Through the Bible with Les Feldick
LESSON 3 * PART 2 * BOOK 78
PART 2 of the MESSIANIC PROPHECIES – PART 2
Psalms 22, 23, and 24
You know, from day one I have always stressed that this is an informal Bible study. I’m not going to be a stuffed-shirt. We’re going to keep it simple and have a time of fellowship and search the Scriptures together. So those of you out in television, if you’re ever in the Tulsa area the first Wednesday after the first Sunday of a month, why come in and enjoy the day with us.
All right, let’s go right back to where we left off in Psalm 22. As I said in the introduction of the last program, Psalms 22, 23, and 24 are sort of a trilogy. They all fit together, and we’re going to take them in that order. But here in Psalm 22, we have the first 21 verses—the graphic description of the crucifixion. It is so graphic that there is no mistaking that this is what it was talking about. And yet you want to remember, crucifixion hadn’t even been invented yet. That wouldn’t be invented for at least another 700 years. That’s another one of the miracles of Scripture. That here we have this description of a person on a cross being crucified, even though it had never happened at this point in time.
All right, so let’s finish the first half of chapter 22. We are still dealing with the crucifixion. Then at verse 22, we will break into the resurrection. Verse 16 again:
“For dogs (That is the Gentile Roman authorities.) have compassed me: the assembly of the wicked have enclosed me: (We were describing that as the screaming Jews hating Him, even as we know Saul of Tarsus did.) they pierced my hands and my feet.” Now that was something unknown in any kind of an execution before crucifixion.
“I may tell (or I can count) all my bones: they look and stare upon me. (Which means that He was in an elevated position.) 18. They part my garments among them, (And we know that that’s exactly what they did.) and cast lots upon my vesture. (They gambled over the robe, remember?) 19. But be not thou far from me, O LORD: (In other words, it’s God the Son crying out to God the Father.) O my strength, haste thee to help me.”
“Deliver my soul from the sword; (That is from death itself.) my darling…” Now the commentary that I read the other night was, I think, the one that made the most sense. He’s referring to his own physical body. He can’t be referring to the church, because that isn’t even revealed yet. So He’s speaking of His own physical body of flesh.
“Deliver my soul from the sword; my darling from the power of the dog. (That is, again, from the Gentile soldiers around me.) 21. Save me from the lion’s mouth: for thou hast heard me from the horns of the unicorns.” In other words, as He was crying out from the very depths of death itself.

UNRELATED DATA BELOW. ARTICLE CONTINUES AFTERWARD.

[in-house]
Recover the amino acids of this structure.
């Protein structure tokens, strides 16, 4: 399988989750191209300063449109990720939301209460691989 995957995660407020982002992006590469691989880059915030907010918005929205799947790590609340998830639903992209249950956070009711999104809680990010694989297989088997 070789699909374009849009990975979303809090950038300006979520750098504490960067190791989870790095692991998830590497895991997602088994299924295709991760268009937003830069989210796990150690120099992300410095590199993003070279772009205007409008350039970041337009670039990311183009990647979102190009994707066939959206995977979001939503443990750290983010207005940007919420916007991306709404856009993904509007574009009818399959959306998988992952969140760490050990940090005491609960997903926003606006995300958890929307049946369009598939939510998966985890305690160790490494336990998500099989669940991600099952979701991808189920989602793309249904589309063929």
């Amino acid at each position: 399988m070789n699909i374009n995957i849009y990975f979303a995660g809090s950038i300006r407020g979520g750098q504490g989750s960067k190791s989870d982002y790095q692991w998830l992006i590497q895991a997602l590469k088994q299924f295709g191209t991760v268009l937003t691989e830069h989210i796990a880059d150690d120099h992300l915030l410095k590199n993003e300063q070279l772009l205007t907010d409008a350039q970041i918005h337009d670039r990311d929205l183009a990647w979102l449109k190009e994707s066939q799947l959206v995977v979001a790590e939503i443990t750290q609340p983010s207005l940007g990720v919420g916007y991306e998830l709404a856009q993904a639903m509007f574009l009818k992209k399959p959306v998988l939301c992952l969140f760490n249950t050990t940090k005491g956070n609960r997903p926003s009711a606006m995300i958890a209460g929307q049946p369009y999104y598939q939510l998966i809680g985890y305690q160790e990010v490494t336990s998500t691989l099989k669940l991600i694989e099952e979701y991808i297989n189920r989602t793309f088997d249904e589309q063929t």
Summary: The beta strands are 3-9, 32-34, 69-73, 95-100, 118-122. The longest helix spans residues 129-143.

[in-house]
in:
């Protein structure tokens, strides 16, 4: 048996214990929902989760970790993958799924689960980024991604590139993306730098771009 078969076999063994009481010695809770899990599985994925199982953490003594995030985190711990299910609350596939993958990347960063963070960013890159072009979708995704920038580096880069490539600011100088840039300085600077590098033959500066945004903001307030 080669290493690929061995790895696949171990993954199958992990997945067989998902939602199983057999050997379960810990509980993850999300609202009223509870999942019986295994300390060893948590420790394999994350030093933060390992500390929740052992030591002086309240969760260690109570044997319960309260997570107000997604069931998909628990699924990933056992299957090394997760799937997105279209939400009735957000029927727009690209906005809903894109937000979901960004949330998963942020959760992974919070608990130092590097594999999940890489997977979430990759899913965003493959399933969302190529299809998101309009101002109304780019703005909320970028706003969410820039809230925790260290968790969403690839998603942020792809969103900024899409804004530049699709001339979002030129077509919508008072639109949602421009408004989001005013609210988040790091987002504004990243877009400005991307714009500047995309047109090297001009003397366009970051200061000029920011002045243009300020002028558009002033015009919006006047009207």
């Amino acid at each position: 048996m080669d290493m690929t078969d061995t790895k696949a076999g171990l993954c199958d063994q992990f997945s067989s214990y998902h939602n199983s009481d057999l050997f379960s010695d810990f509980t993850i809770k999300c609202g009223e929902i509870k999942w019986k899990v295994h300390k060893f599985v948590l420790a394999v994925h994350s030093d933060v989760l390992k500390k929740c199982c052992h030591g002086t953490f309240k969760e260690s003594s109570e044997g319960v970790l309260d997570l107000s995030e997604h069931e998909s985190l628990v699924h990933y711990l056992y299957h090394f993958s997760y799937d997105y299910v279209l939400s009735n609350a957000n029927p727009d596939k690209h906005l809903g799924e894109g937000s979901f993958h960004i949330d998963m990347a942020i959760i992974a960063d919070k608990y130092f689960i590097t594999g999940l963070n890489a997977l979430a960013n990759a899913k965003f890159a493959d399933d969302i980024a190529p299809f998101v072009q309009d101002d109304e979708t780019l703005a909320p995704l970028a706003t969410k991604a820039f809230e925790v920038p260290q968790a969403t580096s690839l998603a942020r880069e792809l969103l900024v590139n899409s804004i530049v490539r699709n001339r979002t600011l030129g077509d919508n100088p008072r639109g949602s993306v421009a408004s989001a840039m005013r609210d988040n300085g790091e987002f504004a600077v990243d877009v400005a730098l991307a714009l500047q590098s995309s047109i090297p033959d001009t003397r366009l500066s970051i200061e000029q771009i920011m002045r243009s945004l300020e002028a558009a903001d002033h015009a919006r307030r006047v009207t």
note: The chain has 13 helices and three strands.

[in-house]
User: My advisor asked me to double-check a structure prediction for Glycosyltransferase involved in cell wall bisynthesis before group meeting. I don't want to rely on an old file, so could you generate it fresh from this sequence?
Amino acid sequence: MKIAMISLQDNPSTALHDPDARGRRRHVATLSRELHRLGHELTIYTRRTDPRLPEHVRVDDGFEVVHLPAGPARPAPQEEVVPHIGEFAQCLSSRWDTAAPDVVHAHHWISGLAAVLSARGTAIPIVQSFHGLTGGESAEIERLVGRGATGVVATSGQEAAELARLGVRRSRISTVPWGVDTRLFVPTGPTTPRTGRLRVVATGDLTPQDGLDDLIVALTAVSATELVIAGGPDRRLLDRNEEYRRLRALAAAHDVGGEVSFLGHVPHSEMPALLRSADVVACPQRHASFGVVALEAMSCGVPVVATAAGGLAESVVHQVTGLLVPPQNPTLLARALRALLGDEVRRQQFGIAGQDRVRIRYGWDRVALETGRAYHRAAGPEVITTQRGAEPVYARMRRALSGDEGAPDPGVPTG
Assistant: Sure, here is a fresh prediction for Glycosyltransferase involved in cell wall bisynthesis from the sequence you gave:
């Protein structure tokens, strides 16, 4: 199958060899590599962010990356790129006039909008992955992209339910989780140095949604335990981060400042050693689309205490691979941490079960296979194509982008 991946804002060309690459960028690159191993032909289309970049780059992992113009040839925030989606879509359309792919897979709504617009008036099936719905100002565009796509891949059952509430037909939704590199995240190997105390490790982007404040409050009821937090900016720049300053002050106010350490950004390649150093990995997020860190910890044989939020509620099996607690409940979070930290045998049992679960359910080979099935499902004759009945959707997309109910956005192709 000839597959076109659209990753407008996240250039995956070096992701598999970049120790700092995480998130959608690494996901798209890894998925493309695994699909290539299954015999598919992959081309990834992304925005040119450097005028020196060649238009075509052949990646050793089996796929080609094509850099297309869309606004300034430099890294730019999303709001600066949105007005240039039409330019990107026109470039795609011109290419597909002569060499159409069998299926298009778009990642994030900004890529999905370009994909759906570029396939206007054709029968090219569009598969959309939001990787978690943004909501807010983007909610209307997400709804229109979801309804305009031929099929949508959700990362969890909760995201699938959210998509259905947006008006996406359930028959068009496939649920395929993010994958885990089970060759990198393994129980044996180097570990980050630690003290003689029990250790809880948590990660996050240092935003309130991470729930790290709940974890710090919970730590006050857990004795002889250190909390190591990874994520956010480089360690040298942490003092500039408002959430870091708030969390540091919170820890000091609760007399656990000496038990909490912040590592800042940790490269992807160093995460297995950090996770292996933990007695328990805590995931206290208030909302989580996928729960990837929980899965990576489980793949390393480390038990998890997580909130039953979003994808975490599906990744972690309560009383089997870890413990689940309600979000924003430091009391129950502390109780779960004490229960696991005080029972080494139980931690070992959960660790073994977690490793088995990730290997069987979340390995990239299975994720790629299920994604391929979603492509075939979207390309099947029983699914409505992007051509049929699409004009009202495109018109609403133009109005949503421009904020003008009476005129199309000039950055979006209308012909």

All right, now verse 22—we will break into, as I said earlier, into the graphic description of His resurrection.
“I will declare thy name unto my brethren: in the midst of the congregation will I praise thee.” Now let’s stop and go all the way up to John’s Gospel chapter 20 and have the fulfillment of that—to the exact letter. John 20—resurrection morning, when Mary has gone to the tomb and finds it empty. She runs back and finds Peter and John, and they all come together. All right, then Jesus reveals Himself to Mary, remember, in verse 15.
“Jesus saith unto her, Woman, why weepest thou? Whom seekest thou? She, supposing him to be the gardener,…” We were just talking about that last night in our McAlester class.
Did He look weird in His resurrection body? Did He look like something from outer space? Did He have a pointed head and weird color? No. If He looked like a gardener, He looked very what? Ordinary. Just very ordinary. Now the reason we were talking about it last night is because we were talking about our eternal state when we get our resurrected body.
Well, what’s it going to be like? Like His resurrected body. So, what was His resurrected body? Very normal. Looked like a gardener. Like an ordinary human being. But it wasn’t ordinary. It was supernatural. It was flesh and bone. It wasn’t blood. That was left up there at Calvary. So the resurrected body was flesh and bone. But on the other hand, He walked and talked. He had fish frying on the shores of Galilee. He ate with them. But on the other hand, the supernatural aspect is that He could go through twenty feet of concrete as if it wasn’t there. We’re going to have those same capabilities someday when we get our resurrected body. Well, anyway, that’s all on the side. She supposed Him, verse 15 again, to be the gardener.
“…she supposing him to be the gardener saith unto him, Sir, if thou have borne him hence, tell me where thou hast laid him, and I will take him away.” She still has no idea that He’s been raised from the dead.